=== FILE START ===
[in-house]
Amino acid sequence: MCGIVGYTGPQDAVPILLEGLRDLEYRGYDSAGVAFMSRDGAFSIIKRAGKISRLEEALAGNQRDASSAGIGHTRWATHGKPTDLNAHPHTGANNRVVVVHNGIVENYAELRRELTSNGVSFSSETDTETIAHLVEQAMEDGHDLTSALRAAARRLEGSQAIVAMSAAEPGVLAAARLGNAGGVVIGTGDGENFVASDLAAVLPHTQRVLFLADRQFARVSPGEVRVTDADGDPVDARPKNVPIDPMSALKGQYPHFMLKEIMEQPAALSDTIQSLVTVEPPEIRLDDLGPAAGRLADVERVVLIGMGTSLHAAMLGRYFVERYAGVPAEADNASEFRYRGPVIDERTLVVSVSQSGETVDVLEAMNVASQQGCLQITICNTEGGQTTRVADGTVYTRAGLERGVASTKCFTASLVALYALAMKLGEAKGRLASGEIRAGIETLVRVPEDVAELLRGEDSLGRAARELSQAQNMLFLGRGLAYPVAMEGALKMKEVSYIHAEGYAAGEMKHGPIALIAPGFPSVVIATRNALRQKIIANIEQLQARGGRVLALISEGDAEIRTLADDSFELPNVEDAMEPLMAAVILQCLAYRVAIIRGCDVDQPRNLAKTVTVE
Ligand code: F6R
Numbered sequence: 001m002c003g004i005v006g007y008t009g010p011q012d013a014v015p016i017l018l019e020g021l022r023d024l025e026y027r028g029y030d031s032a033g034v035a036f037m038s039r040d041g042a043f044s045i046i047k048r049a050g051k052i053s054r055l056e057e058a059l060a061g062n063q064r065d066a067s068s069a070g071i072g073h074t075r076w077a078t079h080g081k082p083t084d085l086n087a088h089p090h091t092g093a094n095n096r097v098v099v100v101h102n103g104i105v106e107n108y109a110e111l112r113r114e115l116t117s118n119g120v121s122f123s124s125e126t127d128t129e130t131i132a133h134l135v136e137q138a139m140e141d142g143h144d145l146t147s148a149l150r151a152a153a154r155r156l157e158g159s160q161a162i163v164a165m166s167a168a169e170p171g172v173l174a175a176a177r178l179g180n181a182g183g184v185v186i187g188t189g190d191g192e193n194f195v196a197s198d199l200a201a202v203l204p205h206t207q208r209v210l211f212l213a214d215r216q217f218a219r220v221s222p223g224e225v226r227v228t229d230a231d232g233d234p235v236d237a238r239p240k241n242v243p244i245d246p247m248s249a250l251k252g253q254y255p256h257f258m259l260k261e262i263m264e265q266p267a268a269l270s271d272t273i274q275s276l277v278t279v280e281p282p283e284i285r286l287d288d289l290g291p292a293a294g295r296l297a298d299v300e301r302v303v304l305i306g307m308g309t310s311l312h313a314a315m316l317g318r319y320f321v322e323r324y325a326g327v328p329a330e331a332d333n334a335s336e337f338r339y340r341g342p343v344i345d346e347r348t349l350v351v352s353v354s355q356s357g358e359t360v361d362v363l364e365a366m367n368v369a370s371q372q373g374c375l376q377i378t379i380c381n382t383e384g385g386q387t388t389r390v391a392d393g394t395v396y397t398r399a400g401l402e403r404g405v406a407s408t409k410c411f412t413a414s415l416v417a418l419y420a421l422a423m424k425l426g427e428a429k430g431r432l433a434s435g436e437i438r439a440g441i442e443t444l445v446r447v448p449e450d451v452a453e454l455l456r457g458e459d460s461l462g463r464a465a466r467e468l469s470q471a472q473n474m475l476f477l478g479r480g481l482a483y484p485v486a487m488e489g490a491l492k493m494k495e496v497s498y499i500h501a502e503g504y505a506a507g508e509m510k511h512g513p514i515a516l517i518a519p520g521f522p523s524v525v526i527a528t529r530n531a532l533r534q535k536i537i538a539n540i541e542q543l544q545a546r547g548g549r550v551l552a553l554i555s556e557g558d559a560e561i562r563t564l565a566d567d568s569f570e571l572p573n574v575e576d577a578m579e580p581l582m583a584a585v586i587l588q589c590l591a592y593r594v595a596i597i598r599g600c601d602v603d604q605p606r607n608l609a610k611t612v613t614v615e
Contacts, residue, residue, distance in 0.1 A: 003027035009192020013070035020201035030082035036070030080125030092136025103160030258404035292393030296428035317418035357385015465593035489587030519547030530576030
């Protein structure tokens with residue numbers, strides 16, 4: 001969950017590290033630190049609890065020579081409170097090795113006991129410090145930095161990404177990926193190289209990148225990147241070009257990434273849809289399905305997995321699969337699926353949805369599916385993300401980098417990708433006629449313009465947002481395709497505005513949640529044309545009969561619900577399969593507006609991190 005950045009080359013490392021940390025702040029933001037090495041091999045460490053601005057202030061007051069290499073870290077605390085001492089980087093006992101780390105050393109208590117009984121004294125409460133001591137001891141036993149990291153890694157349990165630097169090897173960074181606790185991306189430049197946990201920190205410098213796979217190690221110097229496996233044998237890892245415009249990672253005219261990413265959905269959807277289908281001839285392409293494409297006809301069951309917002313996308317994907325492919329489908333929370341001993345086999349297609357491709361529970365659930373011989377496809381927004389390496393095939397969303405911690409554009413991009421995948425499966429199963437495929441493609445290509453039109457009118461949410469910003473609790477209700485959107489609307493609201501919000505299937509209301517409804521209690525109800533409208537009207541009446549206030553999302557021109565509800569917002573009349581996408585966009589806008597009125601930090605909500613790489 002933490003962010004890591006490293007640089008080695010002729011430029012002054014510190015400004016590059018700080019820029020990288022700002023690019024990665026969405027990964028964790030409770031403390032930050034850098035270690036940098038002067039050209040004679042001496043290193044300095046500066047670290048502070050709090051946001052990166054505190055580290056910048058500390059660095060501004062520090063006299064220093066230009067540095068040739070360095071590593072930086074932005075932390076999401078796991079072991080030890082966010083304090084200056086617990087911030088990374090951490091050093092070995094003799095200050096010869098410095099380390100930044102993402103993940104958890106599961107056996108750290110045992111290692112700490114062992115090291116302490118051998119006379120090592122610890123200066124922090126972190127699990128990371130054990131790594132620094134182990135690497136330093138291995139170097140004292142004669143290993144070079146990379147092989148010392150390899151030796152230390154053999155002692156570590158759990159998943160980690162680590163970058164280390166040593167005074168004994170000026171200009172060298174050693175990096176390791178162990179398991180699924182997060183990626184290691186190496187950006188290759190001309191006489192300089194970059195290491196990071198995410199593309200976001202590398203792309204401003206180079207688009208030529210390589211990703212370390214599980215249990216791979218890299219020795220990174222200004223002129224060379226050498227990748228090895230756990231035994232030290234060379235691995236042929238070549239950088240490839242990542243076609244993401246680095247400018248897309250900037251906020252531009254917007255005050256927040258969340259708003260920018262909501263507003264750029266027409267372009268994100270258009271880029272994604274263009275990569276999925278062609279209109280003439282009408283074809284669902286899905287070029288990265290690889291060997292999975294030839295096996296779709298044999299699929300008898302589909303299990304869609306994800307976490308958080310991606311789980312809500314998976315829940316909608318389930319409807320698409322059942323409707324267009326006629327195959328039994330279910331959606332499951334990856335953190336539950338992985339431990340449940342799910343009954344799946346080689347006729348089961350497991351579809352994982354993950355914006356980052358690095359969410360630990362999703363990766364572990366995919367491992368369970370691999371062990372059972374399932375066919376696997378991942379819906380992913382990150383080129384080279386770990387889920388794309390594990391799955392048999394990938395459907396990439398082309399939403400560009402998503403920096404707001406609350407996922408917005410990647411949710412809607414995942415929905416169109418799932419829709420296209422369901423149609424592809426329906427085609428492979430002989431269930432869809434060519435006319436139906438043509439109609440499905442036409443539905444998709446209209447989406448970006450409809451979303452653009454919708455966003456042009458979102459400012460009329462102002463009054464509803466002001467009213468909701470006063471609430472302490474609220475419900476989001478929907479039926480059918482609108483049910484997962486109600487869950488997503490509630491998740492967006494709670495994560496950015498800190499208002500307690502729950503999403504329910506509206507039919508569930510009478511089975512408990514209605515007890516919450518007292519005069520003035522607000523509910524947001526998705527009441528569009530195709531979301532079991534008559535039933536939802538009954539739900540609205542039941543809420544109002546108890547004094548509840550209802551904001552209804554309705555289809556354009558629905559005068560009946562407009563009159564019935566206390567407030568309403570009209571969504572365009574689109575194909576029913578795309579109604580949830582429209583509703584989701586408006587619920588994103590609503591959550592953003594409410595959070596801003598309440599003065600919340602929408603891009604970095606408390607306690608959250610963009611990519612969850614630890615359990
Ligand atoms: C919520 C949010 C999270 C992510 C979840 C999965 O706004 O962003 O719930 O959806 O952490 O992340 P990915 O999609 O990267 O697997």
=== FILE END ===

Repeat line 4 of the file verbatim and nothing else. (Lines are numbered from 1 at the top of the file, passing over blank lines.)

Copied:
Numbered sequence: 001m002c003g004i005v006g007y008t009g010p011q012d013a014v015p016i017l018l019e020g021l022r023d024l025e026y027r028g029y030d031s032a033g034v035a036f037m038s039r040d041g042a043f044s045i046i047k048r049a050g051k052i053s054r055l056e057e058a059l060a061g062n063q064r065d066a067s068s069a070g071i072g073h074t075r076w077a078t079h080g081k082p083t084d085l086n087a088h089p090h091t092g093a094n095n096r097v098v099v100v101h102n103g104i105v106e107n108y109a110e111l112r113r114e115l116t117s118n119g120v121s122f123s124s125e126t127d128t129e130t131i132a133h134l135v136e137q138a139m140e141d142g143h144d145l146t147s148a149l150r151a152a153a154r155r156l157e158g159s160q161a162i163v164a165m166s167a168a169e170p171g172v173l174a175a176a177r178l179g180n181a182g183g184v185v186i187g188t189g190d191g192e193n194f195v196a197s198d199l200a201a202v203l204p205h206t207q208r209v210l211f212l213a214d215r216q217f218a219r220v221s222p223g224e225v226r227v228t229d230a231d232g233d234p235v236d237a238r239p240k241n242v243p244i245d246p247m248s249a250l251k252g253q254y255p256h257f258m259l260k261e262i263m264e265q266p267a268a269l270s271d272t273i274q275s276l277v278t279v280e281p282p283e284i285r286l287d288d289l290g291p292a293a294g295r296l297a298d299v300e301r302v303v304l305i306g307m308g309t310s311l312h313a314a315m316l317g318r319y320f321v322e323r324y325a326g327v328p329a330e331a332d333n334a335s336e337f338r339y340r341g342p343v344i345d346e347r348t349l350v351v352s353v354s355q356s357g358e359t360v361d362v363l364e365a366m367n368v369a370s371q372q373g374c375l376q377i378t379i380c381n382t383e384g385g386q387t388t389r390v391a392d393g394t395v396y397t398r399a400g401l402e403r404g405v406a407s408t409k410c411f412t413a414s415l416v417a418l419y420a421l422a423m424k425l426g427e428a429k430g431r432l433a434s435g436e437i438r439a440g441i442e443t444l445v446r447v448p449e450d451v452a453e454l455l456r457g458e459d460s461l462g463r464a465a466r467e468l469s470q471a472q473n474m475l476f477l478g479r480g481l482a483y484p485v486a487m488e489g490a491l492k493m494k495e496v497s498y499i500h501a502e503g504y505a506a507g508e509m510k511h512g513p514i515a516l517i518a519p520g521f522p523s524v525v526i527a528t529r530n531a532l533r534q535k536i537i538a539n540i541e542q543l544q545a546r547g548g549r550v551l552a553l554i555s556e557g558d559a560e561i562r563t564l565a566d567d568s569f570e571l572p573n574v575e576d577a578m579e580p581l582m583a584a585v586i587l588q589c590l591a592y593r594v595a596i597i598r599g600c601d602v603d604q605p606r607n608l609a610k611t612v613t614v615e